IN his opening remarks at the Special Session of the World Health Organization Executive Board on December 10, 2023, WHO Director-General Tedros Adhanom Ghebreyesus described the event as “a meeting we would rather not be having.”
“As I have said repeatedly, I deplore the barbaric and unjustifiable attacks by Hamas on Israel on the 7th of October, which killed more than 1,200 people. I am appalled by reports of gender-based violence during the attacks, and by the mistreatment of hostages. I am relieved that 114 hostages have been released, and I repeat my call for the remaining hostages to be released. I well understand the anger, grief and fear of the Israeli people following the horrific attacks two months ago,” Tedros said.
“I also understand the anger, grief and fear of the people of Gaza, who had already suffered through 16 years of blockade, and are now enduring the destruction of their families, their homes, their communities and the life they knew,” he added.
Tedros told the Executive Board: “More than 17,000 people are reported to have died in Gaza, including 7,000 children—and we don’t know how many are buried under the rubble of their homes. More than 46,000 injuries have been reported. Some 1.9 million people have been displaced—almost the entire population of the Gaza strip—and are looking for shelter anywhere they can find it. But nowhere and no one is safe in Gaza.”
As more and more people move to a smaller and smaller area in Gaza, overcrowding, combined with the lack of adequate food, water, shelter and sanitation, are creating the ideal conditions for disease to spread. On average, there is one shower unit for every 700 people, and one toilet for every 150 people, according to the WHO chief.
Tedros told the Board that Gaza’s health system is on its knees and collapsing. Only 14 hospitals out of the original 36 are even partially functional, 2 north of the Wadi Gaza and 12 in the south. Only 1,400 beds are available out of an original 3,500, while about two-thirds of primary health care centers are non-functional. The two major hospitals in southern Gaza are operating at three times their bed capacity, running out of supplies and sheltering thousands of displaced people.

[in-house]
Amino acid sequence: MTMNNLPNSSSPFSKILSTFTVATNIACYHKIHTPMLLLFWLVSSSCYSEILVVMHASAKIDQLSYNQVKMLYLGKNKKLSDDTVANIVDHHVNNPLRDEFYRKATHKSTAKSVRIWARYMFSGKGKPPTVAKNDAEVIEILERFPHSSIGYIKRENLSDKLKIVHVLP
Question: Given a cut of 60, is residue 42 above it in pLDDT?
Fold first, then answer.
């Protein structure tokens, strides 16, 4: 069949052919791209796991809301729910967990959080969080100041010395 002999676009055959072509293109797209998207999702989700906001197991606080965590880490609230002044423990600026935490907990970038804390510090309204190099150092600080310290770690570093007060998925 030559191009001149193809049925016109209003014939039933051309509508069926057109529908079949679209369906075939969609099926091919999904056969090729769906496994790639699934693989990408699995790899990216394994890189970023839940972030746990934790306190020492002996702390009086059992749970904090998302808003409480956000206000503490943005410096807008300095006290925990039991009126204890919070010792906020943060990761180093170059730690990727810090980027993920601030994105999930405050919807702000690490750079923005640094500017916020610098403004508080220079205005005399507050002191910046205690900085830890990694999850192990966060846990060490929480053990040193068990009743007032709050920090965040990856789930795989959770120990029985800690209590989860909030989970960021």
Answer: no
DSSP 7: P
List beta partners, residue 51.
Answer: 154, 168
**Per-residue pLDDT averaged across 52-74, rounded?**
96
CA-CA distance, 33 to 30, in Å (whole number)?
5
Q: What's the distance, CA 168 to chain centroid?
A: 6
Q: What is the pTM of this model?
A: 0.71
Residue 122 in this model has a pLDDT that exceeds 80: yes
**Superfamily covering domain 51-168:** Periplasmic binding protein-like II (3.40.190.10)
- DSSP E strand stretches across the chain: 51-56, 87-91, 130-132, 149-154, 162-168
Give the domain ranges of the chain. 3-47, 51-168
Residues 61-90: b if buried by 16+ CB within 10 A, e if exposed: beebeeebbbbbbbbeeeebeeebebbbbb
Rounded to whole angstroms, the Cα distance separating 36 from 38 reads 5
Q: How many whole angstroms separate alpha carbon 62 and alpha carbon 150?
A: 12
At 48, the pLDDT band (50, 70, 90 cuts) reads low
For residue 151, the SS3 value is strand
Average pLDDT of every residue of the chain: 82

Meanwhile, more than 180 women give birth in Gaza every single day.
There are 2,000 patients on cancer therapy; 350,000 patients with diabetes, heart disease and hypertension; and at least 20,000 civilians in need of acute psychiatric care, and many more are expected to suffer from severe mental disorders as a result of the conflict.
“Since the 7th of October, WHO has verified more than 449 attacks on health care in Gaza and the West Bank, and 60 attacks on health care in Israel. Health care should never be a target. I also grieve the loss of more than 100 of our UN colleagues in Gaza, including our own Dima Alhaj, who was killed alongside her six-month old son, her husband and her two brothers. In summary, health needs have increased dramatically, and the capacity of the health system has been reduced to one third of what it was,” Tedros said.
“WHO is on the ground in Gaza, alongside our partners, to support health workers, who are physically and mentally exhausted and are doing their best in unimaginable conditions. Now the work of the health workers is impossible, and they are directly in the firing line.”
It is only through dialogue, mutual understanding and finding common ground that we can ever hope to find a resolution to this crisis, and to the many other crises in our troubled world, Tedros said.
“This year is our 75th year as WHO. The opening words of our constitution remain more relevant than ever: that health is a fundamental human right for all people, and that health is fundamental to peace and security.”
“I urge you to use this moment to fulfill that vision, recognizing as our founders did in 1948 that there is no health without peace, and no peace without health. I hope you will use health as a bridge to peace.”